Ohio school hears a sad message about opioids

Knowing there must be a deeper meaning to all the people dying these days from drug overdoses, the state medical examiner in New Hampshire is retiring and pursuing a new line of work as a minister, hoping to keep young people off drugs by appealing to their spiritual side, the New York Times reports.

A dramatic increase in opioid overdoses, particularly from fentanyl, these past 12 months has left many medical examiners’ offices across the country scrambling to keep their accreditation, as it could be lost if each medical examiner has to perform too many autopsies in a year. But that’s not the only problem: doctors can’t just refuse to do an autopsy because they’ve done too many, so they often have to keep the bodies on ice.

That’s what one county is doing in Ohio, according to the article, but the backlog is building up everywhere, threatening not so much the quality of autopsies but the frame of mind and peace of mind of medical examiners.

“It’s almost as if the Visigoths are at the gates, and the gates are starting to crumble,” the paper quoted Dr Thomas A Andrew, chief medical examiner of New Hampshire, as saying, referring to the recent surge in overdose deaths. “I’m not an alarmist by nature, but this is not overhyped. It has completely overwhelmed us.”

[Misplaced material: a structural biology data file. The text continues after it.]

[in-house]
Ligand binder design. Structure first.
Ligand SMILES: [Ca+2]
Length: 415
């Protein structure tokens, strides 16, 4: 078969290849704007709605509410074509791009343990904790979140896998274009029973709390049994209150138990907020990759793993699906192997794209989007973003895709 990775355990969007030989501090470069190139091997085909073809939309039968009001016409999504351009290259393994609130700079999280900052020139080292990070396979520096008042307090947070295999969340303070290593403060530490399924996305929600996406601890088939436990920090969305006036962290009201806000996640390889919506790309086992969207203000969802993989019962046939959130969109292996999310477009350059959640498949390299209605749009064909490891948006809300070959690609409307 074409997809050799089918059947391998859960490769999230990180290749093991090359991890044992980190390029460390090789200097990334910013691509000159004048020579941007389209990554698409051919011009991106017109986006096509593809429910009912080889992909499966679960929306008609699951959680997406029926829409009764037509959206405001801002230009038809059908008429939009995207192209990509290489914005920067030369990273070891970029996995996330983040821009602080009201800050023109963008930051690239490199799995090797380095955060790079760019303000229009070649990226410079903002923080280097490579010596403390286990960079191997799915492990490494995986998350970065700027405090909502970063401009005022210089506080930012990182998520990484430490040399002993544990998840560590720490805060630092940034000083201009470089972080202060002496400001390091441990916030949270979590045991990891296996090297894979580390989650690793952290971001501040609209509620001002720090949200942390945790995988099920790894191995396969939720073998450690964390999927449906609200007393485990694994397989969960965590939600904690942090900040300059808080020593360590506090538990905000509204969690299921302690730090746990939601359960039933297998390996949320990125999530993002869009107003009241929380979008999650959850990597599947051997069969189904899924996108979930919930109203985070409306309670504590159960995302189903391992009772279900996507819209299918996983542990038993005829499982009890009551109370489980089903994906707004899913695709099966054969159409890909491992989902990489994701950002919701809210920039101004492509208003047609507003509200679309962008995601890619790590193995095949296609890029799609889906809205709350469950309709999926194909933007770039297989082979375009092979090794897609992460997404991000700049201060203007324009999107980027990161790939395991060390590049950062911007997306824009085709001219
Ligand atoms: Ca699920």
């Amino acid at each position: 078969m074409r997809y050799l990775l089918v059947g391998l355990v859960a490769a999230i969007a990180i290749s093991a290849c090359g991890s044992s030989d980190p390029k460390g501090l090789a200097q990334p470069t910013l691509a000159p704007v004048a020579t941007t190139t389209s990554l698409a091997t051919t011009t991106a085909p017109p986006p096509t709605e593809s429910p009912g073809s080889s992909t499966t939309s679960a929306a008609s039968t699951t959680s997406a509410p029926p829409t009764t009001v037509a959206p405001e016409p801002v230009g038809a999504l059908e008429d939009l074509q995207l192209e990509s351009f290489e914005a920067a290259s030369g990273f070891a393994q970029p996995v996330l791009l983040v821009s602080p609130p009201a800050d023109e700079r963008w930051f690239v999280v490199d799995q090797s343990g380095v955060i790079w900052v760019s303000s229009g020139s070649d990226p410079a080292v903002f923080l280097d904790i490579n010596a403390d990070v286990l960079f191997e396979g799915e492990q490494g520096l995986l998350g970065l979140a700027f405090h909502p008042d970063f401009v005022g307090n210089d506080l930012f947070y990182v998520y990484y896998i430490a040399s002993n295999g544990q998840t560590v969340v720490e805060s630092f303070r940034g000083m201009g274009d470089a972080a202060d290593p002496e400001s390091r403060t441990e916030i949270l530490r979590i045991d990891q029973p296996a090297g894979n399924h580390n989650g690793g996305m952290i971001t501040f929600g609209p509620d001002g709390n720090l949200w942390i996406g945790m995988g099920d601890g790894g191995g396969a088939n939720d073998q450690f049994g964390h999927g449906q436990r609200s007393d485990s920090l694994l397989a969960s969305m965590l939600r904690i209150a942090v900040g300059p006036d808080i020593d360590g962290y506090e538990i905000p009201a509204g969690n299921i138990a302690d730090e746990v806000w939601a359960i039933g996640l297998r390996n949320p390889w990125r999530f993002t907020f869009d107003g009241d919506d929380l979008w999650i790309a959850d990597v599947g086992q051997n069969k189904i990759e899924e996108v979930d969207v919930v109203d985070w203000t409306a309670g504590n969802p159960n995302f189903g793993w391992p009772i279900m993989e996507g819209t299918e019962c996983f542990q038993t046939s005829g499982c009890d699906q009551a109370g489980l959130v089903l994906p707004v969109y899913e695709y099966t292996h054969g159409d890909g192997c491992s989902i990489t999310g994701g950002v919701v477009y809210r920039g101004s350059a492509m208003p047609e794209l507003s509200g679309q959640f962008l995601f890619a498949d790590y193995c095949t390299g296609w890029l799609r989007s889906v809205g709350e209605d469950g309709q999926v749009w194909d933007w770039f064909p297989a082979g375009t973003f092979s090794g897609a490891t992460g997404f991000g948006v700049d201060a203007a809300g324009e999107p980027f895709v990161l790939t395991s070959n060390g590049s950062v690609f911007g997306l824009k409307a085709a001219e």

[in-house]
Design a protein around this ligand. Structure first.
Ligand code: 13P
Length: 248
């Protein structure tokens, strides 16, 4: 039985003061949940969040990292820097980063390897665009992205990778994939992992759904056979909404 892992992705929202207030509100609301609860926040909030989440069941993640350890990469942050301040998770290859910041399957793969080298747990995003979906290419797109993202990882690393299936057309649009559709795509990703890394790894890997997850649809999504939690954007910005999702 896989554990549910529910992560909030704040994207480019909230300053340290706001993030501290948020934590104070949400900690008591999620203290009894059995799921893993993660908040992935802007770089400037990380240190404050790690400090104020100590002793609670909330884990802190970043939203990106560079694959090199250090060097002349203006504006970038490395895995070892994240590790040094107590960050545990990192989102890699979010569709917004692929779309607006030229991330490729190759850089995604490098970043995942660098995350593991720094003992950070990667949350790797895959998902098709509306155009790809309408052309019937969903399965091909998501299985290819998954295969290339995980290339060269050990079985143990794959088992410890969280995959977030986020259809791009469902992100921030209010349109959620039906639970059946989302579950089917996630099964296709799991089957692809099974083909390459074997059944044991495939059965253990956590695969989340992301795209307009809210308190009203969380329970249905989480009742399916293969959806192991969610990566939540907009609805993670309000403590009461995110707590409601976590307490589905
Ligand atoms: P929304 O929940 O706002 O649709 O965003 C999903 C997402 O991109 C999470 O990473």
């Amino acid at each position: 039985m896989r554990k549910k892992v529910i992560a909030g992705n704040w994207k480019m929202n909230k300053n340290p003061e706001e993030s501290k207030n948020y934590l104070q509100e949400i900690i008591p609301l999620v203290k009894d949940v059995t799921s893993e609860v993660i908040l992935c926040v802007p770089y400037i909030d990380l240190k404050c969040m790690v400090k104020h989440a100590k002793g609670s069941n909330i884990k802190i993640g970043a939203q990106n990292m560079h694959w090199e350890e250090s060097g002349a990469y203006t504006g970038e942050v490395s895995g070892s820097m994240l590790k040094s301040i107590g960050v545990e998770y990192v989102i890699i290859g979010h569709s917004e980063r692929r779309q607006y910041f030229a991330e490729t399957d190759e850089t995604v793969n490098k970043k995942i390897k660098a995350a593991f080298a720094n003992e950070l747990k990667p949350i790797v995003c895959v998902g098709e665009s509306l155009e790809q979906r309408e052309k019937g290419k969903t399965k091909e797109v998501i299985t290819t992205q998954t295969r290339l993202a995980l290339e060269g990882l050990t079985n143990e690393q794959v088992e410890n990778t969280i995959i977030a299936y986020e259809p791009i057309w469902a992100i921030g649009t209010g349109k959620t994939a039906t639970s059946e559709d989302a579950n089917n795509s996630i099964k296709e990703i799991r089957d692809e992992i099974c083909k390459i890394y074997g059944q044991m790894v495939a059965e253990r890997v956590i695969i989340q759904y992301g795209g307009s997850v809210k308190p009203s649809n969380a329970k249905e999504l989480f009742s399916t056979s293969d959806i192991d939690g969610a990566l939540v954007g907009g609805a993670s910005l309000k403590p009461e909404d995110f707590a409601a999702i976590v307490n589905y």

Gov Larry Hogan, of Maryland, joined actor Michael Kelly earlier this year to film a public service announcement raising awareness of the heroin and opioid epidemic in Maryland.

The issue has certainly touched high schools everywhere, as some opioids, especially those of the synthetic variety, have been easy to obtain with just a credit or debit card and a smartphone, Voxitatis reported from Park City, Utah.

And police and local officials are visiting schools at an increasing rate, delivering an important message about how to combat drug use. Their bottom line: It’s very difficult to break the habit of taking drugs, because the chemicals themselves are very addictive.

Police Officer Barry Smith, of the Stow, Ohio, police department, visited Theodore Roosevelt High School in Kent and, at an assembly for students, unfolded a body bag and zipped the bag near the microphone on the podium, making the sound echo throughout the auditorium, the Record-Courier reported.

“This is the last sound his mother heard before officials carted off her son’s body,” he told students, leaving many of them feeling the pain of a mother who lost her son last year to an overdose of carfentanyl, an elephant tranquilizer that is thousands of times stronger than morphine and much more addictive—if it doesn’t kill the user, which it often does.

“Can you feel her desperation?” Mr Smith asked the students in the audience.

About the Author

Paul Katula
Paul Katula is the executive editor of the Voxitatis Research Foundation, which publishes this blog. For more information, see the About page.

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